Tuesday, 17 January 2012

Adventures in the Land of the (Imaginary) Empirical Working-Class

Alberto Toscano has pointed out the danger of possibilities of condescension built into the splitting of the ‘Idea of the Proletariat’ (Kantian in Lyotard) from the empirical working-class for the ultra-left. The failure of the latter to ‘measure up’ to the former can license snobbery and dismissal, a problem that can be dated to Engels's Condition of the Working Class in England (following Stathis Kouvelakis). I wanted to write of a classical instance of this risk I found in HG Wells The War of the Worlds. Of course, Wells’s socialism was ‘scientific’ and had its own ‘peculiarities’, which could account for the element of ‘condescension’, nevertheless the example is worth analysing.

The scene takes place in Chapter Seven, after the Martian occupation of colonisation of the area around London. The narrator, despairingly trying to return to his wife, encounters a ‘man on Putney hill’ – a soldier he had met earlier who had managed to survive a Martian attack.

At first the narrator is impressed with the soldier’s lucid analysis of the state of the situation, as it seems the Martians have developed flying machines - “Aren’t you satisfied it is up with humanity? I am. We’re down; we’re beat.” The soldier goes on to sketch the likely future:

‘So soon as they’ve settled all our guns and ships, and smashed our railways, and done all the things they are doing over there, they will begin catching us systematic, picking the best and storing us in cages and things. That’s what they will start doing in a bit. Lord! They haven’t begun on us yet.’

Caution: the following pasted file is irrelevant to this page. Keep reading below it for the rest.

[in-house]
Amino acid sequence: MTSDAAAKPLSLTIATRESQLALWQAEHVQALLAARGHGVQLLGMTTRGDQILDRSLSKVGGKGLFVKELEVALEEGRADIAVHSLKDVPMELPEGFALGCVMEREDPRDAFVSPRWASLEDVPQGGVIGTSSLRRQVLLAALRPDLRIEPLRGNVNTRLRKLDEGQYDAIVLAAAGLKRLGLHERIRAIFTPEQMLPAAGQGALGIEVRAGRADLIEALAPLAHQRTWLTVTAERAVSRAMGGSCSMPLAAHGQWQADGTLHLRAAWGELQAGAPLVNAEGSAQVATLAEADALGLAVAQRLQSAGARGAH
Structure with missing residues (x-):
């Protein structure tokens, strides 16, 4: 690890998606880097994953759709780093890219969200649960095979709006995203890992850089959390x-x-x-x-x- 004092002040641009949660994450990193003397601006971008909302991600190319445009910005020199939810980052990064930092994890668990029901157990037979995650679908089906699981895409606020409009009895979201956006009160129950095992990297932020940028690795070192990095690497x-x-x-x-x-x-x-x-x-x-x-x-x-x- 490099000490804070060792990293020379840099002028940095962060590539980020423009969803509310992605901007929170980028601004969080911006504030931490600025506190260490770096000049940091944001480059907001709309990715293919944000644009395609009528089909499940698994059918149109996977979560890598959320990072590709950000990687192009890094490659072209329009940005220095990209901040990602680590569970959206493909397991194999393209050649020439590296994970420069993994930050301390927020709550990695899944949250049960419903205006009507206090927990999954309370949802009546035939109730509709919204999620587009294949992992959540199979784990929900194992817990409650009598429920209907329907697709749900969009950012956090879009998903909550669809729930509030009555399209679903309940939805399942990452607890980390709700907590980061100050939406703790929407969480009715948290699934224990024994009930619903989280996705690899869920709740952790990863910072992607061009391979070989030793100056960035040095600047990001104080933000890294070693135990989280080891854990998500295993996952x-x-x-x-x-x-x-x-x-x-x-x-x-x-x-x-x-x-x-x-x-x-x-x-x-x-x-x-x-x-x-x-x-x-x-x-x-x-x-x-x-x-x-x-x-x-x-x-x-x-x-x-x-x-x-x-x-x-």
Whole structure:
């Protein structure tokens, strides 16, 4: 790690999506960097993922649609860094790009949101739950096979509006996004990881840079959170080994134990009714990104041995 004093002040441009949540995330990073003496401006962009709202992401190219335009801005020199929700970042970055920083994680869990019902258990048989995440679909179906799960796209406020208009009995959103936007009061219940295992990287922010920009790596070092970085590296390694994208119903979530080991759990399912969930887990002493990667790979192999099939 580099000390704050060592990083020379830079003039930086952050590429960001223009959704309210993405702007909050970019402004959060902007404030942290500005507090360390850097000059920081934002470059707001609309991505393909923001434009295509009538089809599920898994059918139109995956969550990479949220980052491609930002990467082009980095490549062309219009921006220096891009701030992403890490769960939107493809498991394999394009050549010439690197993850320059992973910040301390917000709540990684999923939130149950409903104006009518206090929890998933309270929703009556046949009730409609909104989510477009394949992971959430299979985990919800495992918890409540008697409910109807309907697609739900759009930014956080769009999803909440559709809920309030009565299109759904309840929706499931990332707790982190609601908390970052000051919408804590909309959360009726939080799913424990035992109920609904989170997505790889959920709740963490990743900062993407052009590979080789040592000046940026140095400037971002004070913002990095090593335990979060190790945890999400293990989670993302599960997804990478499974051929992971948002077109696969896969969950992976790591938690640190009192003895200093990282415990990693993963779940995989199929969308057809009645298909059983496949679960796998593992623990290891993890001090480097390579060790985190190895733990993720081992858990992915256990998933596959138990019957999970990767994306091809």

Of course, the implicit allegory is not just with the Martians as colonisers, but also as a form of class rule – after all they vampirically drain the blood of humans for food (‘Capital is dead labour, that, vampire-like, only lives by sucking living labour, and lives the more, the more labour it sucks.’ Marx).

The soldier sketches a situation in which the upper- and middle-classes will form happy collaboration in this situation of subservience: ‘Well, the Martians will just be a godsend to these. Nice roomy cages, fattening food, careful breeding, no worry. After a week or so chasing about the fields and lands on empty stomachs, they'll come and be caught cheerful. They'll be quite glad after a bit.’

Instead, in the future resistance, ‘If you’ve got any drawing-room manners or a dislike to eating peas with a knife or dropping aitches, you'd better chuck ‘em away. They ain’t no further use.’ Hence, the working-class will lead the resistance to the Martians and to these 'happy collaborators' (ie the complacent middle class).

This is cast in eugenic terms as well, as the resistance will have to go literally underground: ‘We’re not going to pick up any rubbish that drifts in. Weaklings go out again.’ The ‘tame’, meanwhile, ‘in a few generations they'll be big, beautiful, rich-blooded, stupid – rubbish!’ (hence The Time-Machine). Eventually, one these ‘able-bodied, clean-minded men’ will gain control of one of the Martian machines and then ‘Fancy having one of them lovely things, with its Heat-Ray wide and free! Fancy having it in control! What would it matter if you smashed to smithereens at the end of the run, after a bust like that? … And swish, bang, rattle, swish! Just as they are fumbling over it, swish comes the Heat-Ray, and, behold! man has come back to his own."
Impressed as he is the narrator is soon disillusioned by the man’s actual behaviour. He is digging a pointless tunnel from the cellar of the house he is hiding in to the sewers, when he could just enter the sewers. Also, he has proceeded very slowly, and so the narrator ‘had my first inkling of the gulf between his dreams and his powers.’ In fact, the man is lazy – ‘Oh, one can’t always work’ – and taken-up with drinking champagne and Thames-side burgundy. The narrator ‘resolved to leave this strange undisciplined dreamer of great things to his drink and gluttony, and to go on into London.’

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